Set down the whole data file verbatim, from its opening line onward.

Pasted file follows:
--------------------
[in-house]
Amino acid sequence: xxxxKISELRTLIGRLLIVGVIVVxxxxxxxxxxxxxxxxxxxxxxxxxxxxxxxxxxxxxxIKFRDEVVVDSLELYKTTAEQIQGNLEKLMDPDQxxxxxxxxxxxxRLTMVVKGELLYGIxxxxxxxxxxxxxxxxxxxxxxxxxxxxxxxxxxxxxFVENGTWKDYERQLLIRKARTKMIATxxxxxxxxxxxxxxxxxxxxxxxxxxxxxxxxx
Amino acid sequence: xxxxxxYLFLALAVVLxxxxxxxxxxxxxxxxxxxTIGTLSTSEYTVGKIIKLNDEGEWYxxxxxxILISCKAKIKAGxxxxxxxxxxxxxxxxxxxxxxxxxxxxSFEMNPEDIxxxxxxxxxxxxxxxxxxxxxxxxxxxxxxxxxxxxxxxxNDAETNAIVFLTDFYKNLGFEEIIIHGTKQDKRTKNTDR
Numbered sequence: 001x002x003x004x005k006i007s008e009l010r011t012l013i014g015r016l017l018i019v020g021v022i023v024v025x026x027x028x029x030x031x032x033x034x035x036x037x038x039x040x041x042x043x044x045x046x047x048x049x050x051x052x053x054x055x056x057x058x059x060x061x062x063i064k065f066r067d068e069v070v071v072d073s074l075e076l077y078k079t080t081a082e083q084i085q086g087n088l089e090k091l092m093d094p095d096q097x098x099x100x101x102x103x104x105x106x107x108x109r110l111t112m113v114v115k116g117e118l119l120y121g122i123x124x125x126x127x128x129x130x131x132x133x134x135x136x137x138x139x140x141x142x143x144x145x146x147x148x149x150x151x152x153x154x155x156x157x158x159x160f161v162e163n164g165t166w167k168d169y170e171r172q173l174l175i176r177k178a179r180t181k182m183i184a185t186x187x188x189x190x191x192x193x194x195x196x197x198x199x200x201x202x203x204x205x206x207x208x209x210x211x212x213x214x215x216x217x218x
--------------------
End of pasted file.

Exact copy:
[in-house]
Amino acid sequence: xxxxKISELRTLIGRLLIVGVIVVxxxxxxxxxxxxxxxxxxxxxxxxxxxxxxxxxxxxxxIKFRDEVVVDSLELYKTTAEQIQGNLEKLMDPDQxxxxxxxxxxxxRLTMVVKGELLYGIxxxxxxxxxxxxxxxxxxxxxxxxxxxxxxxxxxxxxFVENGTWKDYERQLLIRKARTKMIATxxxxxxxxxxxxxxxxxxxxxxxxxxxxxxxxx
Amino acid sequence: xxxxxxYLFLALAVVLxxxxxxxxxxxxxxxxxxxTIGTLSTSEYTVGKIIKLNDEGEWYxxxxxxILISCKAKIKAGxxxxxxxxxxxxxxxxxxxxxxxxxxxxSFEMNPEDIxxxxxxxxxxxxxxxxxxxxxxxxxxxxxxxxxxxxxxxxNDAETNAIVFLTDFYKNLGFEEIIIHGTKQDKRTKNTDR
Numbered sequence: 001x002x003x004x005k006i007s008e009l010r011t012l013i014g015r016l017l018i019v020g021v022i023v024v025x026x027x028x029x030x031x032x033x034x035x036x037x038x039x040x041x042x043x044x045x046x047x048x049x050x051x052x053x054x055x056x057x058x059x060x061x062x063i064k065f066r067d068e069v070v071v072d073s074l075e076l077y078k079t080t081a082e083q084i085q086g087n088l089e090k091l092m093d094p095d096q097x098x099x100x101x102x103x104x105x106x107x108x109r110l111t112m113v114v115k116g117e118l119l120y121g122i123x124x125x126x127x128x129x130x131x132x133x134x135x136x137x138x139x140x141x142x143x144x145x146x147x148x149x150x151x152x153x154x155x156x157x158x159x160f161v162e163n164g165t166w167k168d169y170e171r172q173l174l175i176r177k178a179r180t181k182m183i184a185t186x187x188x189x190x191x192x193x194x195x196x197x198x199x200x201x202x203x204x205x206x207x208x209x210x211x212x213x214x215x216x217x218x